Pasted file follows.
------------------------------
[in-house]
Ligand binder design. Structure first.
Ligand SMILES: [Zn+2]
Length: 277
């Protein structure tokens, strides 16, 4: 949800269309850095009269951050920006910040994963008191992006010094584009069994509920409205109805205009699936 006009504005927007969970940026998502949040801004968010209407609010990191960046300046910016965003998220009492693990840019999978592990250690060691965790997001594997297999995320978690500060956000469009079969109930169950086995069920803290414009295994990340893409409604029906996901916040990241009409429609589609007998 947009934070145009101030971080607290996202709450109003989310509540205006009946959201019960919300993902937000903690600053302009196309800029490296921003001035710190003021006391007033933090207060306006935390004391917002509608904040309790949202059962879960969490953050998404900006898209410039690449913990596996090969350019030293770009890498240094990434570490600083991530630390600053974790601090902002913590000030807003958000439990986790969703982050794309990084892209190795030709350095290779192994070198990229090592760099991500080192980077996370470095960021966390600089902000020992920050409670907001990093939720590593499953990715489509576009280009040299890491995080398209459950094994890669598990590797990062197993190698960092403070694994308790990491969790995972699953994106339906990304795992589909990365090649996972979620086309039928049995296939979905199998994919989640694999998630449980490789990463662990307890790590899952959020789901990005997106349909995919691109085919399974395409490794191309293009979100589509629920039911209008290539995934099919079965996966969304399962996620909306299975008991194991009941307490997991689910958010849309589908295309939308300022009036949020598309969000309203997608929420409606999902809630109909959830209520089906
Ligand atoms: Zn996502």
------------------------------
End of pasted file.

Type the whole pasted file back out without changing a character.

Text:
[in-house]
Ligand binder design. Structure first.
Ligand SMILES: [Zn+2]
Length: 277
């Protein structure tokens, strides 16, 4: 949800269309850095009269951050920006910040994963008191992006010094584009069994509920409205109805205009699936 006009504005927007969970940026998502949040801004968010209407609010990191960046300046910016965003998220009492693990840019999978592990250690060691965790997001594997297999995320978690500060956000469009079969109930169950086995069920803290414009295994990340893409409604029906996901916040990241009409429609589609007998 947009934070145009101030971080607290996202709450109003989310509540205006009946959201019960919300993902937000903690600053302009196309800029490296921003001035710190003021006391007033933090207060306006935390004391917002509608904040309790949202059962879960969490953050998404900006898209410039690449913990596996090969350019030293770009890498240094990434570490600083991530630390600053974790601090902002913590000030807003958000439990986790969703982050794309990084892209190795030709350095290779192994070198990229090592760099991500080192980077996370470095960021966390600089902000020992920050409670907001990093939720590593499953990715489509576009280009040299890491995080398209459950094994890669598990590797990062197993190698960092403070694994308790990491969790995972699953994106339906990304795992589909990365090649996972979620086309039928049995296939979905199998994919989640694999998630449980490789990463662990307890790590899952959020789901990005997106349909995919691109085919399974395409490794191309293009979100589509629920039911209008290539995934099919079965996966969304399962996620909306299975008991194991009941307490997991689910958010849309589908295309939308300022009036949020598309969000309203997608929420409606999902809630109909959830209520089906
Ligand atoms: Zn996502």